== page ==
In her characteristically meticulous style, Vija Celmins juxtaposes an image of clouds and fire, exploring the relationship between illusion and reality, a constant theme in Celmins' oeuvre. The present work is related to House #2 (illustrated), an important early sculpture dating from 1965. Celmins draws inspiration for her work from her memories of her early childhood in Latvia, her experience during WWII as well as the immediate impact of the Los Angeles Watts Riots, which took place same year that both the present work and House #2 were created. The triangle in Untitled from 1965 appears to resemble the peak of a roof of a burning house.
As Celmins stated, "I think mine [my] work was coursed mostly by the chaos of my early childhood in the war. Not that I knew what it was, or that I understood it in any way. Nobody ever talked about it. It was like, this is it, you're born, you're here, you have to deal with it. I was so afraid of being abandoned and lost in it. But later, in the studio, I think I relieved all these things, the burning houses, the aeroplanes, the Latvian school in Germany, my eraser, my little pencils" (Vija Celmins quoted in Vija Celmins by Lane Relyea, Robert Gober, and Briony Fer, Phaidon Press, 2004, p. 15).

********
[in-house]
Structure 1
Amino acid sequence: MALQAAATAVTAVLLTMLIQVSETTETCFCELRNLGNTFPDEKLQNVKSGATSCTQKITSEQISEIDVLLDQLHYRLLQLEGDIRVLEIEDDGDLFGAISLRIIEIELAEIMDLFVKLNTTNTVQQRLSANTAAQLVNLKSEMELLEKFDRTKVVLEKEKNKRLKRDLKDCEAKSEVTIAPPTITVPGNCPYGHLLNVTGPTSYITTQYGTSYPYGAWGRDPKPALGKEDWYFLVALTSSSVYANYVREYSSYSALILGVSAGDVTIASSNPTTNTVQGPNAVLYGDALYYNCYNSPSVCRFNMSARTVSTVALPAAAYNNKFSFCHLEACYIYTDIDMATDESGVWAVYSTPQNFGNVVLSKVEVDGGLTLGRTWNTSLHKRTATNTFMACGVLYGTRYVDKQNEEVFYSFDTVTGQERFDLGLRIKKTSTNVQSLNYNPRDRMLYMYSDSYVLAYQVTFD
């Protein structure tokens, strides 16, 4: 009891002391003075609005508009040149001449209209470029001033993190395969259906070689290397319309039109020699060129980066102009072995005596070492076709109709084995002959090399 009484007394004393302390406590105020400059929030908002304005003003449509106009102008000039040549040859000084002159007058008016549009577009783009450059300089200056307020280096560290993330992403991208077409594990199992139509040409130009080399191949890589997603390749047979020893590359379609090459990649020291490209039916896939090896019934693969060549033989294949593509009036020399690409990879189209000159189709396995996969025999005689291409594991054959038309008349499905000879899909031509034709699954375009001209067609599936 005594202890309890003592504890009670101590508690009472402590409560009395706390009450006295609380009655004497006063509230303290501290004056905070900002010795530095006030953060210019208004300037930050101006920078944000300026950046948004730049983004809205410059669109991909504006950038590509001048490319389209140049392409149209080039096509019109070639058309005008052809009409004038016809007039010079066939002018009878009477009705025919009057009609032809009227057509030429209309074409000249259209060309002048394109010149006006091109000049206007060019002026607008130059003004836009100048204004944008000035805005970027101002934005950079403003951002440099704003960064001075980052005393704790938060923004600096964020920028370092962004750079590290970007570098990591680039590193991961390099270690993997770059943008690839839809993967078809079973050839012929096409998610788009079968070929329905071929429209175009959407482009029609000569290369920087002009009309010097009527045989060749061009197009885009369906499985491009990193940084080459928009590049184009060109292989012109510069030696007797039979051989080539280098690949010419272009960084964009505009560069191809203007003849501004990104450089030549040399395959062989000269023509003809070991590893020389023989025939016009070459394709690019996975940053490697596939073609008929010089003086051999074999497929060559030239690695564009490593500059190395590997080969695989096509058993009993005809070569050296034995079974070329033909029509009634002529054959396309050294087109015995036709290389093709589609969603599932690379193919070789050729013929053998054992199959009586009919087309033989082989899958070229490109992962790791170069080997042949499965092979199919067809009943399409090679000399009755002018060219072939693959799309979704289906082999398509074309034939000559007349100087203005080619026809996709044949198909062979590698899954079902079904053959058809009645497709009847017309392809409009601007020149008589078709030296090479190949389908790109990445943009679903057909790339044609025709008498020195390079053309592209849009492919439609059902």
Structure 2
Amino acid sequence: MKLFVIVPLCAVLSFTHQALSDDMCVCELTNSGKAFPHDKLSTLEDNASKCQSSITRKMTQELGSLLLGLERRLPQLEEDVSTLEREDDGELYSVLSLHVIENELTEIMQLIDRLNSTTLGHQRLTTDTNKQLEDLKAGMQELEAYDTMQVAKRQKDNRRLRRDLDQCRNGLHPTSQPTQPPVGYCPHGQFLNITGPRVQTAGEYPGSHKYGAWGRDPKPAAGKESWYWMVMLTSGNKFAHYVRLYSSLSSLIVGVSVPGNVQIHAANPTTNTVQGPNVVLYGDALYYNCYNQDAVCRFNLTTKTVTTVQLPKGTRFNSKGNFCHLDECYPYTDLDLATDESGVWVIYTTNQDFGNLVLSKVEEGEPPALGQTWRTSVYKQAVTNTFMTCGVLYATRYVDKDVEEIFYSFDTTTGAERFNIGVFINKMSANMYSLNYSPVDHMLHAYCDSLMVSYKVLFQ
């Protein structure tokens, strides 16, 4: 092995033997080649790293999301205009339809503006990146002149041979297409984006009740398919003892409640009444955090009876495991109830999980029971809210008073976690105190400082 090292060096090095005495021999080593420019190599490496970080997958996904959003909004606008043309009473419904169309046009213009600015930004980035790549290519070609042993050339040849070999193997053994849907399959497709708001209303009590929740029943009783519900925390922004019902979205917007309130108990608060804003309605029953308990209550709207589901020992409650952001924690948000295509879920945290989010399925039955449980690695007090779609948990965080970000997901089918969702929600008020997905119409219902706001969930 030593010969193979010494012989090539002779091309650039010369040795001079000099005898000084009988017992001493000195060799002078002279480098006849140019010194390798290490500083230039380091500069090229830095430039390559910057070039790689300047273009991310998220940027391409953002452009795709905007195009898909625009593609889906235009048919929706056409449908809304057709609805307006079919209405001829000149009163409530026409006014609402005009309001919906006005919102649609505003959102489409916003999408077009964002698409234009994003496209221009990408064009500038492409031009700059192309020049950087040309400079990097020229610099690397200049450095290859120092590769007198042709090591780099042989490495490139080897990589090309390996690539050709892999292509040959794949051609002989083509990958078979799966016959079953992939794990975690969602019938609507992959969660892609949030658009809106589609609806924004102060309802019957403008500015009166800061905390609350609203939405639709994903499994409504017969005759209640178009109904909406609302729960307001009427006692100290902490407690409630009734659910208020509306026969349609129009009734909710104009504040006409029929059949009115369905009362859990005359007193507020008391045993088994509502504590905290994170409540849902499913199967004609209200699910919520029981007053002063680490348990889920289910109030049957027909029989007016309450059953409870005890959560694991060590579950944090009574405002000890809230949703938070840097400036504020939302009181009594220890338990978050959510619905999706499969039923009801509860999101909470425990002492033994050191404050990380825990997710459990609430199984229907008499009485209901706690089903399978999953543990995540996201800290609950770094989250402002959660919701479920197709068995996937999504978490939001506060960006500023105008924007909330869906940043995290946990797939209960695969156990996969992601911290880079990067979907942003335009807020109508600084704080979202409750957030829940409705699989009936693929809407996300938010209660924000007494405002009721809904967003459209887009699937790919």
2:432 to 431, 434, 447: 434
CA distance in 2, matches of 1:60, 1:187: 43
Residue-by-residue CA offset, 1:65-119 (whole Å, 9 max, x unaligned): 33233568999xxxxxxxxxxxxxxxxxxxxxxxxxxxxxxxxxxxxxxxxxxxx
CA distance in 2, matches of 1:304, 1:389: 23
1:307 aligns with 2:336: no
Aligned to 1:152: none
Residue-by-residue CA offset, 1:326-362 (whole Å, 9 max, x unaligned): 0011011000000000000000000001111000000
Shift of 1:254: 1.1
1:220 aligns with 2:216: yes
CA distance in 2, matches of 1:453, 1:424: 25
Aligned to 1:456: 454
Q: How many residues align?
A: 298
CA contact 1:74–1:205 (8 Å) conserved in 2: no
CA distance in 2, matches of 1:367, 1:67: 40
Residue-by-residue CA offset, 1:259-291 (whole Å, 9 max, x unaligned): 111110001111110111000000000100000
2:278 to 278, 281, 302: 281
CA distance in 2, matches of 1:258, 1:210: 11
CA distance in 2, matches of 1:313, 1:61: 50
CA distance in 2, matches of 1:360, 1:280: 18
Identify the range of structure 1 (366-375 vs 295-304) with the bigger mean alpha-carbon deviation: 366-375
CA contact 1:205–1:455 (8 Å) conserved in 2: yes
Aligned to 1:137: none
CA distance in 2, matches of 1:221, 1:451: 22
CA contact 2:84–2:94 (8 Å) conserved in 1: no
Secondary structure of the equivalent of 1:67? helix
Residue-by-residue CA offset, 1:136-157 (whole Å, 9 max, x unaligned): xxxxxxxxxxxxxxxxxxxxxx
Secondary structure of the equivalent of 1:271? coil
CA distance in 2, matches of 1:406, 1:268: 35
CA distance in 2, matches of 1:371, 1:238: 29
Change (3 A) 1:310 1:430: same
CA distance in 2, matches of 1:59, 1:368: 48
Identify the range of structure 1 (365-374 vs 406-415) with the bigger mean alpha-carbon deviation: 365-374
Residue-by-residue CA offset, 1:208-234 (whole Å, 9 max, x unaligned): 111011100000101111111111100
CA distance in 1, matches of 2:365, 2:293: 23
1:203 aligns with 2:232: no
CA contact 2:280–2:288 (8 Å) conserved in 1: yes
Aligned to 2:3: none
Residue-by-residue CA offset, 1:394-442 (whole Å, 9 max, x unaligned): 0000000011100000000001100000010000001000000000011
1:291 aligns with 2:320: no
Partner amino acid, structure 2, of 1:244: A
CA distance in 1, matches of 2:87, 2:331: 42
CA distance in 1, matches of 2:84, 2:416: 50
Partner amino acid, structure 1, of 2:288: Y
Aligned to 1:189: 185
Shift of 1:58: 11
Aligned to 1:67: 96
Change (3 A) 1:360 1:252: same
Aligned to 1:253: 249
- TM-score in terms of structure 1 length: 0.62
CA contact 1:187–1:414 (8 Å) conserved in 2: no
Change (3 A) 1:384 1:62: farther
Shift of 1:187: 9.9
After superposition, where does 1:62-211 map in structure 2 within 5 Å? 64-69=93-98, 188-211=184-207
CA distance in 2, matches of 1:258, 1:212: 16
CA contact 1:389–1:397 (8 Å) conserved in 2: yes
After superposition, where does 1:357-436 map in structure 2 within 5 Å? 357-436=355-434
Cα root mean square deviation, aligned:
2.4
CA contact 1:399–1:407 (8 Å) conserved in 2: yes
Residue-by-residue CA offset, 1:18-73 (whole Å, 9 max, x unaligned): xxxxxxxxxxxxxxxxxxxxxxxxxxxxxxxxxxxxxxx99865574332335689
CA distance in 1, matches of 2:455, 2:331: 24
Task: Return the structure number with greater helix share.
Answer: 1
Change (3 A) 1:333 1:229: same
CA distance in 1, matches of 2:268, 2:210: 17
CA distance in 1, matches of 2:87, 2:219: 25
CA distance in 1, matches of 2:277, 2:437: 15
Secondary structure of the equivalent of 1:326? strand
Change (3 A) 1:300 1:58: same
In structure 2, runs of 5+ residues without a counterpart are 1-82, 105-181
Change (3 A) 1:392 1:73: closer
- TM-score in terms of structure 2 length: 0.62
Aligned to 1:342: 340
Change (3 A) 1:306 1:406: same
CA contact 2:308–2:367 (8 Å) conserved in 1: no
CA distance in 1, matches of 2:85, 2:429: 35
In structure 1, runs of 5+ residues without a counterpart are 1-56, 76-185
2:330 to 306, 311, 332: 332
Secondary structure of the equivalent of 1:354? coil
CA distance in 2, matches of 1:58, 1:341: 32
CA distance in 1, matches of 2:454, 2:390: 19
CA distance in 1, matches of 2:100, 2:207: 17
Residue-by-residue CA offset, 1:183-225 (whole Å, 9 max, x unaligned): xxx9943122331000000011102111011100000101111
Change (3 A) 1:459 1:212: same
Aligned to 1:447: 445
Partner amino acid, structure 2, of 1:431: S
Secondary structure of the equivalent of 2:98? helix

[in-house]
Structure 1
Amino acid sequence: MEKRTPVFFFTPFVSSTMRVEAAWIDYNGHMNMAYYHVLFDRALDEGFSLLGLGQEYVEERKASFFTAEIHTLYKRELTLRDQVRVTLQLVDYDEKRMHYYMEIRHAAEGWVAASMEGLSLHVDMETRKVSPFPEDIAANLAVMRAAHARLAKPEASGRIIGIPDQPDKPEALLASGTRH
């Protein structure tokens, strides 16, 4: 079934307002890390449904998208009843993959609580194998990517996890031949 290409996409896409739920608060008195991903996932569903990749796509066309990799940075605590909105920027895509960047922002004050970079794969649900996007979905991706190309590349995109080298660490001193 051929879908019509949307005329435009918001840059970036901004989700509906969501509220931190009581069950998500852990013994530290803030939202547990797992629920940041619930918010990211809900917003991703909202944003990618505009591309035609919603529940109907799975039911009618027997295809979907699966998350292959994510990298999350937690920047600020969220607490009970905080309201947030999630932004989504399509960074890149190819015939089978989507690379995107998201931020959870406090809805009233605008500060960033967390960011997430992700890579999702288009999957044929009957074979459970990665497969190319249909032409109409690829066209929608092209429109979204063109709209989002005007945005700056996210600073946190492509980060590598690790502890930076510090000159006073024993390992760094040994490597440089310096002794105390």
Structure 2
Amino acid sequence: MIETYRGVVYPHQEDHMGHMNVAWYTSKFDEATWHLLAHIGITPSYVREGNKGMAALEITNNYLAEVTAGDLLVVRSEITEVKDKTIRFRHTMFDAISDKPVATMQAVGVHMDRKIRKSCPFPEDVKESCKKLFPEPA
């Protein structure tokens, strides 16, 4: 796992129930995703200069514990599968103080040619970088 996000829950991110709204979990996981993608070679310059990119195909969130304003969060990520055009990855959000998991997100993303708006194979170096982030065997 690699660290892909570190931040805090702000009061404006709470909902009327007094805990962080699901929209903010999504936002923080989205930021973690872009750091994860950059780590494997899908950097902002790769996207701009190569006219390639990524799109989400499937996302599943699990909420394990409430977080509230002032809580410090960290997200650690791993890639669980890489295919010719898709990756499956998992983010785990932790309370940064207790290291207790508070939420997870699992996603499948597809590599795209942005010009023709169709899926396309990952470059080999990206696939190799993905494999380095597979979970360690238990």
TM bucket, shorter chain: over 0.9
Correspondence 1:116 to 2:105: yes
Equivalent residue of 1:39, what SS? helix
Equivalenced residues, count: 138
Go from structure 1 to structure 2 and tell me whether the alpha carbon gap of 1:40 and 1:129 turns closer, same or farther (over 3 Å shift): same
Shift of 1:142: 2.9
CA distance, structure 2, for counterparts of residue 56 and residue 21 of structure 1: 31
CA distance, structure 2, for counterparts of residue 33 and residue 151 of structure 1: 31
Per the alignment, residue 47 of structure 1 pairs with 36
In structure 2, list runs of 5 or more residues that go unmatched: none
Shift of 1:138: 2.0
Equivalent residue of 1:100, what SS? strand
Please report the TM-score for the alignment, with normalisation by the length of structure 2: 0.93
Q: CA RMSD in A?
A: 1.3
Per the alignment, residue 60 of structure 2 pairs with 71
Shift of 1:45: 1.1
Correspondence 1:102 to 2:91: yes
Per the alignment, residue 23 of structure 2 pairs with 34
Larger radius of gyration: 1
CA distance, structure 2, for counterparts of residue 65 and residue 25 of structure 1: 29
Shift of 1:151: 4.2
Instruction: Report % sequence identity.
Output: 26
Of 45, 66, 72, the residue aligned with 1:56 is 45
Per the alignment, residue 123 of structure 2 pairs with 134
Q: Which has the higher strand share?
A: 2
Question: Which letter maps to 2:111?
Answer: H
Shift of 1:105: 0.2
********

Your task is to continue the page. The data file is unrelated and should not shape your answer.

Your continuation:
With Celmins' mastery, she combines a tangible sense of space with a remarkable amount of meticulous detail; often incorporating the four elements: earth, wind, fire and water into her work. Armed with her palette of blacks and grays, while incorporating the violent flames born from her memories of her Latvian childhood, Celmins renders these limitless spaces with accuracy, often working for months on a single image.